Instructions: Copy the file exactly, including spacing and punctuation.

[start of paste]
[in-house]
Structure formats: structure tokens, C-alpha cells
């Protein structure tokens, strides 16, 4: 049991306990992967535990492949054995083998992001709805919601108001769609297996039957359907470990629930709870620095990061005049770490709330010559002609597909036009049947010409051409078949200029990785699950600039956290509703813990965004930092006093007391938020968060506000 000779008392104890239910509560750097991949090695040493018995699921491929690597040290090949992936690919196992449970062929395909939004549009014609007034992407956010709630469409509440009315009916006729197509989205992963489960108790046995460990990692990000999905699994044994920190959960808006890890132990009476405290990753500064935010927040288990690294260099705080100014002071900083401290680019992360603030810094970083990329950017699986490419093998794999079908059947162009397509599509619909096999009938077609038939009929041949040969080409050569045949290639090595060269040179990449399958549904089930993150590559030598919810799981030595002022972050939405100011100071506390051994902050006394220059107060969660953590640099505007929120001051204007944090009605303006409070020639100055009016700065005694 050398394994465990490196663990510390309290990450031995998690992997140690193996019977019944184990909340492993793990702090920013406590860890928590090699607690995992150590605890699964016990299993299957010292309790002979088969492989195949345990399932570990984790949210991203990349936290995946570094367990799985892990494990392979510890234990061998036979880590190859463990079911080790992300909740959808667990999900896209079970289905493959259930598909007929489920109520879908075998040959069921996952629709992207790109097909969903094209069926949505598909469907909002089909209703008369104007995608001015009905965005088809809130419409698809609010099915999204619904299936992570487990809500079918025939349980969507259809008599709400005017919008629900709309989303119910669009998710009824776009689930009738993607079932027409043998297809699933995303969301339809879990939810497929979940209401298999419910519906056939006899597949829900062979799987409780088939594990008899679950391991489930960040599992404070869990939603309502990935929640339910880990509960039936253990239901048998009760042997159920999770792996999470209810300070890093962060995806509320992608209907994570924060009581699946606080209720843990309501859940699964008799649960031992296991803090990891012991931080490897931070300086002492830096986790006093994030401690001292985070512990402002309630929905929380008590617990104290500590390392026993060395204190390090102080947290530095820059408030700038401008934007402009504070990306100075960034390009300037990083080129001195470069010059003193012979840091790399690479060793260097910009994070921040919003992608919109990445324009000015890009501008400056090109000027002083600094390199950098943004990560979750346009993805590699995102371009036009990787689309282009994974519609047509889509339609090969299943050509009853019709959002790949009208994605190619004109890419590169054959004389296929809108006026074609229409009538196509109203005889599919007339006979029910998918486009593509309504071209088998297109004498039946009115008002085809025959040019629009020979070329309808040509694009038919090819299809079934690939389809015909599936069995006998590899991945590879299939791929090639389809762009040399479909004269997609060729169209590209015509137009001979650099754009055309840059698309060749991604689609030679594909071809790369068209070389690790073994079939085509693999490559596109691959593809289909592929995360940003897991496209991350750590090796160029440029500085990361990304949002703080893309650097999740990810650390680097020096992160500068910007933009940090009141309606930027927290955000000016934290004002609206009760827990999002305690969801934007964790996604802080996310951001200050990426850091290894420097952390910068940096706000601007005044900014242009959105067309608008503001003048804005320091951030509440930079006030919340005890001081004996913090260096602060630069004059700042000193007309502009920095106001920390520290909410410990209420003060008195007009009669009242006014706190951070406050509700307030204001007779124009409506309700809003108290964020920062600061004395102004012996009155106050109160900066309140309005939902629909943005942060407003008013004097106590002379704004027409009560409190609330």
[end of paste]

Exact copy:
[in-house]
Structure formats: structure tokens, C-alpha cells
């Protein structure tokens, strides 16, 4: 049991306990992967535990492949054995083998992001709805919601108001769609297996039957359907470990629930709870620095990061005049770490709330010559002609597909036009049947010409051409078949200029990785699950600039956290509703813990965004930092006093007391938020968060506000 000779008392104890239910509560750097991949090695040493018995699921491929690597040290090949992936690919196992449970062929395909939004549009014609007034992407956010709630469409509440009315009916006729197509989205992963489960108790046995460990990692990000999905699994044994920190959960808006890890132990009476405290990753500064935010927040288990690294260099705080100014002071900083401290680019992360603030810094970083990329950017699986490419093998794999079908059947162009397509599509619909096999009938077609038939009929041949040969080409050569045949290639090595060269040179990449399958549904089930993150590559030598919810799981030595002022972050939405100011100071506390051994902050006394220059107060969660953590640099505007929120001051204007944090009605303006409070020639100055009016700065005694 050398394994465990490196663990510390309290990450031995998690992997140690193996019977019944184990909340492993793990702090920013406590860890928590090699607690995992150590605890699964016990299993299957010292309790002979088969492989195949345990399932570990984790949210991203990349936290995946570094367990799985892990494990392979510890234990061998036979880590190859463990079911080790992300909740959808667990999900896209079970289905493959259930598909007929489920109520879908075998040959069921996952629709992207790109097909969903094209069926949505598909469907909002089909209703008369104007995608001015009905965005088809809130419409698809609010099915999204619904299936992570487990809500079918025939349980969507259809008599709400005017919008629900709309989303119910669009998710009824776009689930009738993607079932027409043998297809699933995303969301339809879990939810497929979940209401298999419910519906056939006899597949829900062979799987409780088939594990008899679950391991489930960040599992404070869990939603309502990935929640339910880990509960039936253990239901048998009760042997159920999770792996999470209810300070890093962060995806509320992608209907994570924060009581699946606080209720843990309501859940699964008799649960031992296991803090990891012991931080490897931070300086002492830096986790006093994030401690001292985070512990402002309630929905929380008590617990104290500590390392026993060395204190390090102080947290530095820059408030700038401008934007402009504070990306100075960034390009300037990083080129001195470069010059003193012979840091790399690479060793260097910009994070921040919003992608919109990445324009000015890009501008400056090109000027002083600094390199950098943004990560979750346009993805590699995102371009036009990787689309282009994974519609047509889509339609090969299943050509009853019709959002790949009208994605190619004109890419590169054959004389296929809108006026074609229409009538196509109203005889599919007339006979029910998918486009593509309504071209088998297109004498039946009115008002085809025959040019629009020979070329309808040509694009038919090819299809079934690939389809015909599936069995006998590899991945590879299939791929090639389809762009040399479909004269997609060729169209590209015509137009001979650099754009055309840059698309060749991604689609030679594909071809790369068209070389690790073994079939085509693999490559596109691959593809289909592929995360940003897991496209991350750590090796160029440029500085990361990304949002703080893309650097999740990810650390680097020096992160500068910007933009940090009141309606930027927290955000000016934290004002609206009760827990999002305690969801934007964790996604802080996310951001200050990426850091290894420097952390910068940096706000601007005044900014242009959105067309608008503001003048804005320091951030509440930079006030919340005890001081004996913090260096602060630069004059700042000193007309502009920095106001920390520290909410410990209420003060008195007009009669009242006014706190951070406050509700307030204001007779124009409506309700809003108290964020920062600061004395102004012996009155106050109160900066309140309005939902629909943005942060407003008013004097106590002379704004027409009560409190609330």